. | m_{2}
. | ||
---|---|---|---|

m_{1} | −1 | 0 | 1 |

−1 | $13j02Qr02+115j22Qr02$ | $15j22Qr02$ | $25j22Qr02$ |

0 | $15j22Qr02$ | $13j02Qr02+415j22Qr02$ | $15j22Qr02$ |

1 | $25j22Qr02$ | $15j22Qr02$ | $13j02Qr02+115j22Qr02$ |

. | m_{2}
. | ||
---|---|---|---|

m_{1} | −1 | 0 | 1 |

−1 | $13j02Qr02+115j22Qr02$ | $15j22Qr02$ | $25j22Qr02$ |

0 | $15j22Qr02$ | $13j02Qr02+415j22Qr02$ | $15j22Qr02$ |

1 | $25j22Qr02$ | $15j22Qr02$ | $13j02Qr02+115j22Qr02$ |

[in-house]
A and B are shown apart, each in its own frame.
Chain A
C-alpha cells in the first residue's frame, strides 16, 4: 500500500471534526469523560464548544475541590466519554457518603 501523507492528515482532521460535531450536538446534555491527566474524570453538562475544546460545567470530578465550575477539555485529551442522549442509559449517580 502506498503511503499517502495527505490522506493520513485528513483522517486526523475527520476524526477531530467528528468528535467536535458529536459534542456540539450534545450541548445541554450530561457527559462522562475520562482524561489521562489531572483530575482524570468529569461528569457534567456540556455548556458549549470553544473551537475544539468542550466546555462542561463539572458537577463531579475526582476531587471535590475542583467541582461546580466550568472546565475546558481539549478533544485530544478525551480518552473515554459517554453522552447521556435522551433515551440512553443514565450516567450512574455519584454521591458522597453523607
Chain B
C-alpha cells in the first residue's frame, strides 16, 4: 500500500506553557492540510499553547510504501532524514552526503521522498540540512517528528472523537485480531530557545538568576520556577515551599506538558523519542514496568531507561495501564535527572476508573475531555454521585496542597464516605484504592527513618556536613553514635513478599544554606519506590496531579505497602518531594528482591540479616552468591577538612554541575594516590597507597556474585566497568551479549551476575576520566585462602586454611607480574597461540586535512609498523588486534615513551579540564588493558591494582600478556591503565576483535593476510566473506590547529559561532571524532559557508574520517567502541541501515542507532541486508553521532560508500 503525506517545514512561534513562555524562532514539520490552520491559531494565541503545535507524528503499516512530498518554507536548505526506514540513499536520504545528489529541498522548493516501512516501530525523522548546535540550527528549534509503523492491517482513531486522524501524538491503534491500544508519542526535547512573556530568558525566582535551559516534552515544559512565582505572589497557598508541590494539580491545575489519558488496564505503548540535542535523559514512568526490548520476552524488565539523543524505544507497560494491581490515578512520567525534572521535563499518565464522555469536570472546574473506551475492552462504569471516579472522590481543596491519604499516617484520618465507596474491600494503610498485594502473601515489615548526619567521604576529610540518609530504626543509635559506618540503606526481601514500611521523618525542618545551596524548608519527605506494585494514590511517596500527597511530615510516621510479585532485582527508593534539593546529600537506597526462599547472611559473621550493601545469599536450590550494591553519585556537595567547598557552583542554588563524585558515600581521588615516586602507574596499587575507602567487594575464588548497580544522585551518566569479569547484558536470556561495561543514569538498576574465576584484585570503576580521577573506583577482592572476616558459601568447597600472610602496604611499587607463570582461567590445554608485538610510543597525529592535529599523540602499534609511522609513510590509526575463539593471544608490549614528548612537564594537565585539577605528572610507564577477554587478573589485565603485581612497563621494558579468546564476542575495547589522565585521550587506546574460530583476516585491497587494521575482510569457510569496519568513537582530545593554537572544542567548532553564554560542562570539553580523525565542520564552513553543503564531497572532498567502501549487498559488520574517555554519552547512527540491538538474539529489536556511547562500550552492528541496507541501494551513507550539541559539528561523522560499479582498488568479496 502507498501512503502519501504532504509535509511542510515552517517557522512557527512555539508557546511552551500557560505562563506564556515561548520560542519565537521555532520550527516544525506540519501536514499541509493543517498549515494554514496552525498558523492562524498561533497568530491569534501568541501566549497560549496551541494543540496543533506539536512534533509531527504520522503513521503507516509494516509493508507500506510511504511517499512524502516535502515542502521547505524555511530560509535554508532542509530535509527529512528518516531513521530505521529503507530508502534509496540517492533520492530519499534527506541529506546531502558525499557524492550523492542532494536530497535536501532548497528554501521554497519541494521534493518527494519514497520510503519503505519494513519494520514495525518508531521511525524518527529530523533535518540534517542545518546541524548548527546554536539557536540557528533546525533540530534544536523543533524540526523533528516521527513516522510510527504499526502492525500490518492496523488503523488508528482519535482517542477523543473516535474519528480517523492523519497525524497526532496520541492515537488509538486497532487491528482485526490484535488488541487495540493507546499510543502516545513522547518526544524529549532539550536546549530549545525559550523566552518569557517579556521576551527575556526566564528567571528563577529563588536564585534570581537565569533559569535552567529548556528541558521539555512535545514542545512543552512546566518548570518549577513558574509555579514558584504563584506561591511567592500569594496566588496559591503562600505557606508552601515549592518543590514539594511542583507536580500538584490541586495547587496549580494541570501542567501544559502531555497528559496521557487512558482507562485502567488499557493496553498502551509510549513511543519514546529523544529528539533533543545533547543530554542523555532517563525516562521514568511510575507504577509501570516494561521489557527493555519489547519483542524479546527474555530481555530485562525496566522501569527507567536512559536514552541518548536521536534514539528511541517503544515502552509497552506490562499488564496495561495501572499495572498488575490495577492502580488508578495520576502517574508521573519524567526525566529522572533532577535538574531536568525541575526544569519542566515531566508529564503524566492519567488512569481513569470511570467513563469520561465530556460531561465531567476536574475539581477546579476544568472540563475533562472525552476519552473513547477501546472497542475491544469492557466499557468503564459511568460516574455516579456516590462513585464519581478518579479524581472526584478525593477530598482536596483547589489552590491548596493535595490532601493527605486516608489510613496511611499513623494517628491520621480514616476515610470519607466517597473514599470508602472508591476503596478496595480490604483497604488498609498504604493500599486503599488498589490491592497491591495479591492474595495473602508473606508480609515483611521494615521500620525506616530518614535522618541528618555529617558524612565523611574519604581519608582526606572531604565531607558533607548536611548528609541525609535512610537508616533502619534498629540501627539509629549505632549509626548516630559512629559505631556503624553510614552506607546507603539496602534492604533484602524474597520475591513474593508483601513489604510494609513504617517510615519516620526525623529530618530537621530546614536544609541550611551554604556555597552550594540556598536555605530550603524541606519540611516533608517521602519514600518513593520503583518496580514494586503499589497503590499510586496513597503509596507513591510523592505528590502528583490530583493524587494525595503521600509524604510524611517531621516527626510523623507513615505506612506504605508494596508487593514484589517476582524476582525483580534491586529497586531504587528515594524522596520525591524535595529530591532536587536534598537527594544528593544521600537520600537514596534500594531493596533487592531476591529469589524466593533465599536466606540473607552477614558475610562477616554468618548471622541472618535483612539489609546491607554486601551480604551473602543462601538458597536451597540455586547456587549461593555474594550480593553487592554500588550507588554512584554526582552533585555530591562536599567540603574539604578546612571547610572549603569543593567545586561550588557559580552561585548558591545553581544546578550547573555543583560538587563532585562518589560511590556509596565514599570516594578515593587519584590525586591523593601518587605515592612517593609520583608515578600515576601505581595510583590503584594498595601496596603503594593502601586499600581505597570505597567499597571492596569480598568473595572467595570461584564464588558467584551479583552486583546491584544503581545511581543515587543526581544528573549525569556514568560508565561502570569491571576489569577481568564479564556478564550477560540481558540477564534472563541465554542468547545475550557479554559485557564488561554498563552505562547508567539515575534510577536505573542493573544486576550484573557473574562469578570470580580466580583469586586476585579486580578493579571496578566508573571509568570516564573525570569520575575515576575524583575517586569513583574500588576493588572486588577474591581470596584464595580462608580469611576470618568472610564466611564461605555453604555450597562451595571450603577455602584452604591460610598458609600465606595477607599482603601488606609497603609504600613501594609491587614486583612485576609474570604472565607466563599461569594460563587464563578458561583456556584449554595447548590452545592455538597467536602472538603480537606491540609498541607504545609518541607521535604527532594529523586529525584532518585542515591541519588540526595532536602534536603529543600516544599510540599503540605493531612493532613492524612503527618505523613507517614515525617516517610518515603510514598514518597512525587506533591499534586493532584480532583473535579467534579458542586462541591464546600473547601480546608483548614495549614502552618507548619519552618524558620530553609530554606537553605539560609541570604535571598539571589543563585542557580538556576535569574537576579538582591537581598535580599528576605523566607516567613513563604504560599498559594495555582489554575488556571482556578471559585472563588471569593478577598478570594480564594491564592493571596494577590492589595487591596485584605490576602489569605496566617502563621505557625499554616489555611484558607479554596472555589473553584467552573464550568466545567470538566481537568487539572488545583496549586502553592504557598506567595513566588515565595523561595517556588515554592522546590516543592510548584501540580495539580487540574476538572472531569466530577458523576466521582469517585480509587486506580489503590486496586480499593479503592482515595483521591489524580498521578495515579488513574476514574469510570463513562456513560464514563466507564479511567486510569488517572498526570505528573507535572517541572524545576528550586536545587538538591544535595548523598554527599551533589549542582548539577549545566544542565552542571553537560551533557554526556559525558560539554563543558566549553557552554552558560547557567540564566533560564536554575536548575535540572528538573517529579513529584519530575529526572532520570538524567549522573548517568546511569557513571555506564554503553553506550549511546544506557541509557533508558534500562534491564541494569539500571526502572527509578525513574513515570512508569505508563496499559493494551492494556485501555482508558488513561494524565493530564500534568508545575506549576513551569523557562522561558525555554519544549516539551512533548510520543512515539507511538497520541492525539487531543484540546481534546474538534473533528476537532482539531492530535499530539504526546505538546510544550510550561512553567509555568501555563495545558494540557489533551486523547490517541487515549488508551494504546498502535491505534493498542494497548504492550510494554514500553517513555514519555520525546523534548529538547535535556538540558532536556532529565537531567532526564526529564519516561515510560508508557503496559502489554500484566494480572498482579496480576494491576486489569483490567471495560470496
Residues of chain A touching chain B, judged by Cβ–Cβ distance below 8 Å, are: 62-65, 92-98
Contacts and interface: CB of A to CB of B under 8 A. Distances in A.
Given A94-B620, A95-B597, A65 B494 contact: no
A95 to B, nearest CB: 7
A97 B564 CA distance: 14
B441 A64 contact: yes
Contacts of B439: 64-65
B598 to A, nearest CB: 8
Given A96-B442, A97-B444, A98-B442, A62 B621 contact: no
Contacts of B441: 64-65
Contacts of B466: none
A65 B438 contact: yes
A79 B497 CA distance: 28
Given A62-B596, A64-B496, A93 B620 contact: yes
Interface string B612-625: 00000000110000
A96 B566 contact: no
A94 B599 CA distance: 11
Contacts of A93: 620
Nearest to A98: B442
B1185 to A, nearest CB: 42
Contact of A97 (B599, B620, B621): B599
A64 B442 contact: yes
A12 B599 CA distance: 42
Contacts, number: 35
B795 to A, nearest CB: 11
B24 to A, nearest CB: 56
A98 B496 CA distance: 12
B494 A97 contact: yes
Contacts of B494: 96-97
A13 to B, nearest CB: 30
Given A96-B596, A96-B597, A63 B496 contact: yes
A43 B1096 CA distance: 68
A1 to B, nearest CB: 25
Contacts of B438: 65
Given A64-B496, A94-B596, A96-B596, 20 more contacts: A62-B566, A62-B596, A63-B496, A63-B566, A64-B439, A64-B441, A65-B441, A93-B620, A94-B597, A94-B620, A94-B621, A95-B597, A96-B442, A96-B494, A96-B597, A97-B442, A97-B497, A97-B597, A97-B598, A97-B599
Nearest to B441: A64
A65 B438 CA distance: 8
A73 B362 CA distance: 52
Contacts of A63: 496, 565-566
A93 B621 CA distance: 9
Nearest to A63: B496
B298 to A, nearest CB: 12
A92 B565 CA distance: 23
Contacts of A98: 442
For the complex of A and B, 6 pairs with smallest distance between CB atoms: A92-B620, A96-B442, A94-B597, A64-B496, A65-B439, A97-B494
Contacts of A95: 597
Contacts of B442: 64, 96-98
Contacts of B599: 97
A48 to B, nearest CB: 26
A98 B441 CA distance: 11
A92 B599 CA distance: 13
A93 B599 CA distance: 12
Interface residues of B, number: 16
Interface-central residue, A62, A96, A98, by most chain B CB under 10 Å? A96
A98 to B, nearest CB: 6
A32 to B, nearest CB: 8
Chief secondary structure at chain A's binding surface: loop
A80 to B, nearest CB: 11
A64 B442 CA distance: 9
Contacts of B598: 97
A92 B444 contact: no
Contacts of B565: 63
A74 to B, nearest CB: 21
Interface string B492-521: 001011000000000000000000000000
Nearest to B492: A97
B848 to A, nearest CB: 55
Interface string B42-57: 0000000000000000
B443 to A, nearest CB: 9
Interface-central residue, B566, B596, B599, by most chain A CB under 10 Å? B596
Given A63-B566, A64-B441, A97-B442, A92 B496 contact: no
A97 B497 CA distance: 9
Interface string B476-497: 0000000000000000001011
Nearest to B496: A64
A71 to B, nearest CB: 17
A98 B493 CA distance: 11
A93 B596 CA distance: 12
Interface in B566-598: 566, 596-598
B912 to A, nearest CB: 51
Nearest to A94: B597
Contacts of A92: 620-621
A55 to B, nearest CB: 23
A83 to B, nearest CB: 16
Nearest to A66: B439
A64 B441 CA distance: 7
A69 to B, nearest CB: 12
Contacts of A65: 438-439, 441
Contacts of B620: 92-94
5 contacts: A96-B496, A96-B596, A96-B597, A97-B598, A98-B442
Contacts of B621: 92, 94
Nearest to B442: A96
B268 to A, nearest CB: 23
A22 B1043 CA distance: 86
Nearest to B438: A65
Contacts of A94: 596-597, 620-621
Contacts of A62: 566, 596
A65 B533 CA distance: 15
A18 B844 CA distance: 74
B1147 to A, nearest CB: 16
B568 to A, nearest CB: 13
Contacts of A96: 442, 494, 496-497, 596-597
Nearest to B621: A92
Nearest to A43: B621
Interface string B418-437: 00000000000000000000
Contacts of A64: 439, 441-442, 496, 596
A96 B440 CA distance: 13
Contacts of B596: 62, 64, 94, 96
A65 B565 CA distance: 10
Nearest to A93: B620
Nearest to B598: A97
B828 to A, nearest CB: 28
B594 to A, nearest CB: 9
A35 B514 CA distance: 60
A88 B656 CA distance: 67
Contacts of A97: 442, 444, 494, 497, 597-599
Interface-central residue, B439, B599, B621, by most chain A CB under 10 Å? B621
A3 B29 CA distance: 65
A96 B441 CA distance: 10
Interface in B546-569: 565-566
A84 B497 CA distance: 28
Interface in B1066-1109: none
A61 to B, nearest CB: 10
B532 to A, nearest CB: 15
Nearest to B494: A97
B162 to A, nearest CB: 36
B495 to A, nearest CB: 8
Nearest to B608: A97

As for the other issue, the increase in the band intensity during the progress of the H_{2} evacuation in sample no. 4, as a matter of fact, the detailed excited states of two (or more) *ortho*-H_{2} molecules in a LC are still unknown, since it is already quite demanding the calculation of the ground state of such a system,^{41} where at least ten degrees of freedom have to be tackled. However, noticing that the increase in the mentioned bands in the 1 $<\u210f\omega <$ 3 meV-interval proceeds without any relevant distortion, we can propose a reasonable explanation based on two simple assumptions: (A) the INS spectral features related to H_{2}, when *N*_{LC} > 1, lie outside the studied energy transfer interval, even though at the moment we cannot clearly locate them. This fact is not surprising, since in the extremely crude model of a quantum particle in a box, one observes that energy eigenvalues are proportional to *V*^{−2/3}, where *V* is the box volume available to the particle. Now, if *V* is halved because *N*_{LC} goes from 1 to 2 and then is even further reduced by the existence of an H_{2}–H_{2} short-distance repulsive potential, it is reasonable to assume that the corresponding *ℏω* values of our INS spectral features get more than doubled. (B) During the evacuation process, the number of singly occupied LCs grows, and, so, the probability of a scattering event occurring from an H_{2} trapped in a singly occupied LC becomes also larger. This provides a simple explanation of what is visible in Fig. 6 concerning the step-by-step H_{2} removal from sample no. 4. As a matter of fact, we have also considered the possibility of an alternative explanation for the band growth in the 1 meV $<\u210f\omega <$ 3 meV-interval. Hypothetically, one might wonder if the heating and cooling cycles operated on the hydrogen-filled clathrate hydrate sample during the evacuation process could increase the *ortho–para* H_{2} ratio, inducing the mentioned band growth. For this reason, after each evacuation step, we have monitored the *j*_{1} = 1 → *j*_{2} = 0 rotational transition (which is proportional to the *ortho*-H_{2} content) present in the anti-Stokes part of the INS spectra, by integrating their signal in the following zone of the kinematic plane: −16 meV $<\u210f\omega <$ −11 meV and 1.6 Å^{−1} < *Q* < 3.28 Å^{−1}. In this way, we have obtained five measurements that exhibit a trend that is opposite to that observed for the 1–3 meV spectral intensity. In other words, while the *j*_{1} = 1 → *j*_{2} = 0 rotational line decreases in parallel with the H_{2} evacuation process, the 1–3 meV spectral intensity counterintuitively increases.